In fact, after more than a decade of seeing their more ambitious ideas come to naught even as the amount of money in politics grew exponentially, reformers and their editorial-board allies felt that they desperately needed a win. According to Derek Cressman of USPIRG (the only campaign-finance-reform organization to oppose the bill), Kentucky's Republican Senator "Mitchell McConnell wore down the reform movement by defeating stronger legislation year after year. Legislators kept compromising and the watchdogs let them do that." As a result, the reform package grew steadily weaker. "I can't think of any other legislation that's had a tough fight that ended up actually rolling things back," Cressman says. "This bill could have passed easily 10 years ago."
Speaking not for attribution, some reformers admit that forward movement -- even if only one small step forward -- became their goal. A second factor, perhaps perversely, was the Democrats' growing proficiency at raising big money themselves -- a skill that may have lulled them about the political ramifications of Shays-Meehan. Buoyed by near-parity with the GOP in soft-money fundraising, the Democrats generally -- and party chairman Terry McAuliffe particularly -- came to believe that they could compete in the hard-money game, too. That made the bill's tradeoff between hard money and soft money acceptable.
As the proposed reforms grew steadily more modest, their appeal to the center and center-right grew. Moderate Republicans in the Senate and the House took the lead and the Democrats stood back to let them carry the fight. A seemingly enlightened segment of the business community, some of whom were executives tired of being dunned for six-figure checks, jumped on the bandwagon out of their own self-interest. The scope of reform dwindled until hardly anything remained at all.
There should be nothing surprising in the spectacle of White House Press Secretary Ari Fleischer trying to steal credit for the bill on behalf of his boss. And why shouldn't Bush sign it? Shays-Meehan favors Republicans. The GOP outraised the Democrats in the 2000 cycle $466 million to $275 million; and in just released figures for the current election cycle, the Republicans are leading the Democrats in hard money $131 million to $60 million. Moreover, Shays-Meehan certainly favors the incumbent president in his 2004 campaign. Bush is a hard-money dynamo: In 2000 he raised $103 million in hard-money donations for the primaries alone, while sitting veep Al Gore raised a paltry $46 million in hard money. Worse yet, signing Shays-Meehan helps to inoculate Bush from the taint of Enron's political money. Nonetheless, Bush taking credit for campaign finance reform, notes Public Campaign analyst Micah Sifry, is "like Harry Truman claiming credit for sparking the nuclear-disarmament movement by dropping the bomb on Hiroshima."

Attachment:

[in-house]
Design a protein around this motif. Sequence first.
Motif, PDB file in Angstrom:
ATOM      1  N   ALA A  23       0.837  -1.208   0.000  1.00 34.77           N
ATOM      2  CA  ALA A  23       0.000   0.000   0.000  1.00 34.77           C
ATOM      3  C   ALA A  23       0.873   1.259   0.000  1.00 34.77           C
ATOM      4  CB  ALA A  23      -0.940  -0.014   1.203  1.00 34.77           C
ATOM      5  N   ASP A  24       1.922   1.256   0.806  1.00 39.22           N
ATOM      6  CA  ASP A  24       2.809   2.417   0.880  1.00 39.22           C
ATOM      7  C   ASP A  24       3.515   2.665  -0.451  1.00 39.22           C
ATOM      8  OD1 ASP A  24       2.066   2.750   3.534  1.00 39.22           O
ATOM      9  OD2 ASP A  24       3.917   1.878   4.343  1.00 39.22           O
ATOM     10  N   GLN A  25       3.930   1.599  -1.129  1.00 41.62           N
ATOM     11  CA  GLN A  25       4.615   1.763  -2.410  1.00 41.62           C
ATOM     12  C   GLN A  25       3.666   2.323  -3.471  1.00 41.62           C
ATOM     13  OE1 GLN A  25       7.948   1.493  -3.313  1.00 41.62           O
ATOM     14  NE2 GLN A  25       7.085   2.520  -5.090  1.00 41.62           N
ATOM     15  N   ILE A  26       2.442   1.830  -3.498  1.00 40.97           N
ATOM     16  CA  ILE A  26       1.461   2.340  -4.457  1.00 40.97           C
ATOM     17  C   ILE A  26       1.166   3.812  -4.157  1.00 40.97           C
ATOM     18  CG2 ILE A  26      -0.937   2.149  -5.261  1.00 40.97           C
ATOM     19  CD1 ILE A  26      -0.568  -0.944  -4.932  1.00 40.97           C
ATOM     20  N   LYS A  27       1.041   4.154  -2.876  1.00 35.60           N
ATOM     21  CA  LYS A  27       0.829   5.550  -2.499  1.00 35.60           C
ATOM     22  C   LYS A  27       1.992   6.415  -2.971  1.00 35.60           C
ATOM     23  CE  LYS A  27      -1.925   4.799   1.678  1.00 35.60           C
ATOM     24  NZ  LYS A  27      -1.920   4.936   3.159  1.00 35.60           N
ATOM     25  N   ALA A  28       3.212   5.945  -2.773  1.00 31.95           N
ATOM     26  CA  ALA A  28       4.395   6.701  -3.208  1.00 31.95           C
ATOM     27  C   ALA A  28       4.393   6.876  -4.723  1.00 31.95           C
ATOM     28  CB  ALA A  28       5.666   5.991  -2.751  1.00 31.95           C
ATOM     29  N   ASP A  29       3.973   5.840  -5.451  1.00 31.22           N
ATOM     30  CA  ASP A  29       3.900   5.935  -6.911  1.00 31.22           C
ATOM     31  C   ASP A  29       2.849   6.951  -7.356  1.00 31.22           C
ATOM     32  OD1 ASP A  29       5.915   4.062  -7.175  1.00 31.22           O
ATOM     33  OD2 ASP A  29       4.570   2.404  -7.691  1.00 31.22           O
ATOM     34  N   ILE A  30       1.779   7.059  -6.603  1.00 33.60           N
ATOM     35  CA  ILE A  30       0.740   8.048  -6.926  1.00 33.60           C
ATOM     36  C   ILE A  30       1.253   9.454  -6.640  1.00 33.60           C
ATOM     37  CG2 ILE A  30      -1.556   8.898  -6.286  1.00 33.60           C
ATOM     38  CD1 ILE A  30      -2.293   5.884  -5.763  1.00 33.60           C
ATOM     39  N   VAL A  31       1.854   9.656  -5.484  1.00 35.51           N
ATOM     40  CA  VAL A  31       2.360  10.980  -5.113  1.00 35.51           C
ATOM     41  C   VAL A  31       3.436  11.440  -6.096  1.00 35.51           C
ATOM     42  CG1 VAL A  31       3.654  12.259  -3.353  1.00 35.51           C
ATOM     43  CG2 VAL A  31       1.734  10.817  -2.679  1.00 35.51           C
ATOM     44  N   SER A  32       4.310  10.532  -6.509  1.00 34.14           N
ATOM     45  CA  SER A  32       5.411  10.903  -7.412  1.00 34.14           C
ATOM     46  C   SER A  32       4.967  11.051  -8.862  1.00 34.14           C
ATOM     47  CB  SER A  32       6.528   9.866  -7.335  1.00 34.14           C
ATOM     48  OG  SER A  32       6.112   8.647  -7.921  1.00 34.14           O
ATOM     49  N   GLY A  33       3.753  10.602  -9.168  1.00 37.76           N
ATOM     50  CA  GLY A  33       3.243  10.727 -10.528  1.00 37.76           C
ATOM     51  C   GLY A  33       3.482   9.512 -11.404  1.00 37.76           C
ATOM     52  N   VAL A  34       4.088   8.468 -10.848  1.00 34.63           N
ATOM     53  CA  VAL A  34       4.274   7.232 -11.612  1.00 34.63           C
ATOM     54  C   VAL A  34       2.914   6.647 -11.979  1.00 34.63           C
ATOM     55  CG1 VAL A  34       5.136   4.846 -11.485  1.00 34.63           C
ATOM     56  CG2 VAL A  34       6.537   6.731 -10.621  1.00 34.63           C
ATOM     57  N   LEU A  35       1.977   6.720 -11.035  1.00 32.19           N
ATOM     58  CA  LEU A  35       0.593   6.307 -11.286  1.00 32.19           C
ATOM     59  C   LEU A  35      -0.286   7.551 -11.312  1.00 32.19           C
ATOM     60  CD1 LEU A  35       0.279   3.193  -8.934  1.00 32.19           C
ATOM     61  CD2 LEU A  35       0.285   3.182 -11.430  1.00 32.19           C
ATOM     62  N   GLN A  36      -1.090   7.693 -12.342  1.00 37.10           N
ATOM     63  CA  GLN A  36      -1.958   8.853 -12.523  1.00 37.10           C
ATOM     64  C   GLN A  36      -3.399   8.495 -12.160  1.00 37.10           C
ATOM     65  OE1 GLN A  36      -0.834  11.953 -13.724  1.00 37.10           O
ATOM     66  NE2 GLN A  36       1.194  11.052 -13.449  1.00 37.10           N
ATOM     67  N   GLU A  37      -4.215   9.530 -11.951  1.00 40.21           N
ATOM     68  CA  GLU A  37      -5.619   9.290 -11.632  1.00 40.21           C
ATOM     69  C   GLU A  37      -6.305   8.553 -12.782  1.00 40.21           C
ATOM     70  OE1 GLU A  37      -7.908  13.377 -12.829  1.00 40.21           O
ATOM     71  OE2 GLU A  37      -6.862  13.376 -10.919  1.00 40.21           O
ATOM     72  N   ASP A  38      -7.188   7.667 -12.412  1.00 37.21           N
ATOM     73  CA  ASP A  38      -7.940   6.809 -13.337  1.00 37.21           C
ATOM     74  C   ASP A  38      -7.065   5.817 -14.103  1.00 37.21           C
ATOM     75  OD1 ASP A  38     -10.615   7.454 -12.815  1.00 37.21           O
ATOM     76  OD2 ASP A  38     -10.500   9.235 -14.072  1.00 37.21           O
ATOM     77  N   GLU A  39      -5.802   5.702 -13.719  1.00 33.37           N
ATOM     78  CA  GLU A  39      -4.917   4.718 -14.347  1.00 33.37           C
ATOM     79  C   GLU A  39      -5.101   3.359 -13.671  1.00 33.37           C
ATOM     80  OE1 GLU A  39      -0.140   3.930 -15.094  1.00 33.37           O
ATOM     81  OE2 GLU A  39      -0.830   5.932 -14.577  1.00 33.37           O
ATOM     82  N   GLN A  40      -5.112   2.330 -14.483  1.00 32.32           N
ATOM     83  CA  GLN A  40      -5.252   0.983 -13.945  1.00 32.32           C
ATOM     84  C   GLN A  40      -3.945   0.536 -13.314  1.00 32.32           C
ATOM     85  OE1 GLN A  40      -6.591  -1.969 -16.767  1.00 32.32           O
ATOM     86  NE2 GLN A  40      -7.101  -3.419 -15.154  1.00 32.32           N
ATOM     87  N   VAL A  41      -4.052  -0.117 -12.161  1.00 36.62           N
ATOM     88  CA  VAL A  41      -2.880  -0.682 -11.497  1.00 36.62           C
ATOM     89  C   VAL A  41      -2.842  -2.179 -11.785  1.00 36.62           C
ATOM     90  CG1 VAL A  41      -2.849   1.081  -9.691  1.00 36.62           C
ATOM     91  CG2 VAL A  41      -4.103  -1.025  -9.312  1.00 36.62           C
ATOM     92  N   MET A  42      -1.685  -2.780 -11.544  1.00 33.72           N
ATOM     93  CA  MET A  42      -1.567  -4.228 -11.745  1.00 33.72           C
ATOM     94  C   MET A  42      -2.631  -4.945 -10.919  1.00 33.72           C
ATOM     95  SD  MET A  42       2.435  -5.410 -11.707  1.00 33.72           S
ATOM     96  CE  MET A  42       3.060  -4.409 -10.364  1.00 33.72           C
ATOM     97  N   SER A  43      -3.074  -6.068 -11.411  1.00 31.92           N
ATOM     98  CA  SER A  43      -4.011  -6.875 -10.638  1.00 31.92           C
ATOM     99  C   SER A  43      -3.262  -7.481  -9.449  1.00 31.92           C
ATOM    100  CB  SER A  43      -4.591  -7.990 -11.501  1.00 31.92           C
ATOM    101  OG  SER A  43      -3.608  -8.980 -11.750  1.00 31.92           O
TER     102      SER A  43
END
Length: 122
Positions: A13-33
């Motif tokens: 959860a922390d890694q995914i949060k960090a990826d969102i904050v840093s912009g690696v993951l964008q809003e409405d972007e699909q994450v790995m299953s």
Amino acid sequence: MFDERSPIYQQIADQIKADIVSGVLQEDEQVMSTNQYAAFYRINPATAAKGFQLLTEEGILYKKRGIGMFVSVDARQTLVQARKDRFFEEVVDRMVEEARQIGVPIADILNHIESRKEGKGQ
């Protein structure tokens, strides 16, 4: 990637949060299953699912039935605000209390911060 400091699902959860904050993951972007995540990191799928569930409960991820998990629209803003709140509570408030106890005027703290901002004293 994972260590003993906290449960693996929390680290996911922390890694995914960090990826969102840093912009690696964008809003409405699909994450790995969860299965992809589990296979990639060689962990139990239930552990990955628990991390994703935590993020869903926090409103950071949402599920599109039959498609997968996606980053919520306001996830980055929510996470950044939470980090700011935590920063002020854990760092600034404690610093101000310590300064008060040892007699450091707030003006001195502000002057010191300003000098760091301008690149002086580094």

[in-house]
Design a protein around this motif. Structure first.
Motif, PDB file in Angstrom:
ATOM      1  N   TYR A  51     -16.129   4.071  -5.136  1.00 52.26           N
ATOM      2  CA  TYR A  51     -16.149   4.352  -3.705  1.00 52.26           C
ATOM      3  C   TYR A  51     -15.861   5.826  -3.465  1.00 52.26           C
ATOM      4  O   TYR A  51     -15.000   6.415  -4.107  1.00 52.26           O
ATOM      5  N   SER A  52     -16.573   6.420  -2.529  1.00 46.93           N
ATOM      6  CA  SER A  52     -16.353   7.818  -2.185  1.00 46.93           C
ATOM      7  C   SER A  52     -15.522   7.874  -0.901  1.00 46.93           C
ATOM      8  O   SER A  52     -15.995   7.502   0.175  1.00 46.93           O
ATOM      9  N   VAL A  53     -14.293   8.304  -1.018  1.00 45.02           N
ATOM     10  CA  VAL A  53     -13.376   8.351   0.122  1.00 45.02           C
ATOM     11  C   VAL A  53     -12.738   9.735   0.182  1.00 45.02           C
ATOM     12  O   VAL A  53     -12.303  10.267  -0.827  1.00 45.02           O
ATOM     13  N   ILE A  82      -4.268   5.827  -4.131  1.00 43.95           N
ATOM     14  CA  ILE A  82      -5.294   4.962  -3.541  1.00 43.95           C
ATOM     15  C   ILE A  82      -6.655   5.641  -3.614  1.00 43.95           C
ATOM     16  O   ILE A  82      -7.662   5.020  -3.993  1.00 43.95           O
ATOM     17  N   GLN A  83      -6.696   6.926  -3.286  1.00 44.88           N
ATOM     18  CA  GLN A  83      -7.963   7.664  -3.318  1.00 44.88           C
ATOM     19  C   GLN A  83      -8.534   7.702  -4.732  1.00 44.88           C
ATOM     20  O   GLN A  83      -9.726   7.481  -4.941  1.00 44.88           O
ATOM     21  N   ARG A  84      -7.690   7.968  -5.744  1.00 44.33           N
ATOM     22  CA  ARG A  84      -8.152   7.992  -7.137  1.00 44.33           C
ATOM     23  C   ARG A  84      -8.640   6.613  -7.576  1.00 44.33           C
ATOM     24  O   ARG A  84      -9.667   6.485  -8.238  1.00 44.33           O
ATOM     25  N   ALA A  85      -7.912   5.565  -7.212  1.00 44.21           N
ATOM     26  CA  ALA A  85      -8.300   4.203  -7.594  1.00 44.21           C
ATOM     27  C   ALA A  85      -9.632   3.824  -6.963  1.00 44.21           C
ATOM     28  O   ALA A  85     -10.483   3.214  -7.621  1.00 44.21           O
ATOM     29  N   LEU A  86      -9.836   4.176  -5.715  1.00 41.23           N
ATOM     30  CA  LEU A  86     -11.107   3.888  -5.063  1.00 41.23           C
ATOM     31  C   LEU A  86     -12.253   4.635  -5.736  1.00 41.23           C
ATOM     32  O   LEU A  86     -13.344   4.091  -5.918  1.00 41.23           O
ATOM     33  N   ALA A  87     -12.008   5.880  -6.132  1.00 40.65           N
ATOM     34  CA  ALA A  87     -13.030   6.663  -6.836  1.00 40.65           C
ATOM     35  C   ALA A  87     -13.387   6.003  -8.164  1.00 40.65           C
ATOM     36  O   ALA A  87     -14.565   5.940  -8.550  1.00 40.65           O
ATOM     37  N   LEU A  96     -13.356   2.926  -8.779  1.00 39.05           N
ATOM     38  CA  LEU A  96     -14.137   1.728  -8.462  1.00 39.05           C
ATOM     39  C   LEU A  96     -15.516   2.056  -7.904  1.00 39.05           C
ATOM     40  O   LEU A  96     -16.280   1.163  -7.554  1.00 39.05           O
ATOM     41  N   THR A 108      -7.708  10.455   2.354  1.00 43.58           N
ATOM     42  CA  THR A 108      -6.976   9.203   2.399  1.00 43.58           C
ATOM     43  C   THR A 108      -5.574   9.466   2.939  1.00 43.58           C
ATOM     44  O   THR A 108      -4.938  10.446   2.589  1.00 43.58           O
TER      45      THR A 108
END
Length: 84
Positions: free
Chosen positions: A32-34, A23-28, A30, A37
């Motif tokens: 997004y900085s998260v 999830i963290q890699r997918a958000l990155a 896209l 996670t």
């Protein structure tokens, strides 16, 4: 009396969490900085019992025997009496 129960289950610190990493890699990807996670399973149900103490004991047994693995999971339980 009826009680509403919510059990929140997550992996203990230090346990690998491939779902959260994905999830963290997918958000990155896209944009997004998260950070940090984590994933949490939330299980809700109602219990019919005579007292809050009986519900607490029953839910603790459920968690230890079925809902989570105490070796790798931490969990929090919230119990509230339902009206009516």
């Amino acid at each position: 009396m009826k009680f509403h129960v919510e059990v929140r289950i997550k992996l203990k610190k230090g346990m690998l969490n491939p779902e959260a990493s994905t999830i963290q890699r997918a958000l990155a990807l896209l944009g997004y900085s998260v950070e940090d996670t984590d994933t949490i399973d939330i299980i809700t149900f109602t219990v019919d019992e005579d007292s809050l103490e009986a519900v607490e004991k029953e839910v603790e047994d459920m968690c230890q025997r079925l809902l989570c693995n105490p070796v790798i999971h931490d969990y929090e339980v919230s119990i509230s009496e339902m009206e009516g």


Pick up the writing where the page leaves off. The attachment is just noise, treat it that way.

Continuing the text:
But this dubious victory may hold the seeds of more sweeping changes. One thing is certain: The kind of incremental reform that the House has enacted is far from the kind of dramatic change that can actually renew people's faith in our political system. But passing Shays-Meehan at least clarifies the challenge. For years, progressives have endorsed public financing, specifically public financing that covers both primary and general elections. The AFL-CIO has long supported it, and recent converts include the NAACP, the ACLU, the Sierra Club, and the National Organization for Women. The small state experiments in Maine and Arizona have shown what a huge difference it can make. Activists on the national front are poised to move forward. The next victories are likely to come at the state level in judicial elections. Spurred by the American Bar Association's endorsement of full public financing for judicial races, activists in North Carolina, Wisconsin, and Illinois are moving to change their state laws. Public financing of campaigns for the legislature, though further down the road, is most likely in Minnesota, New Mexico, and Connecticut.
Now that soft-money reform is off the table, it's time to focus on the real deal.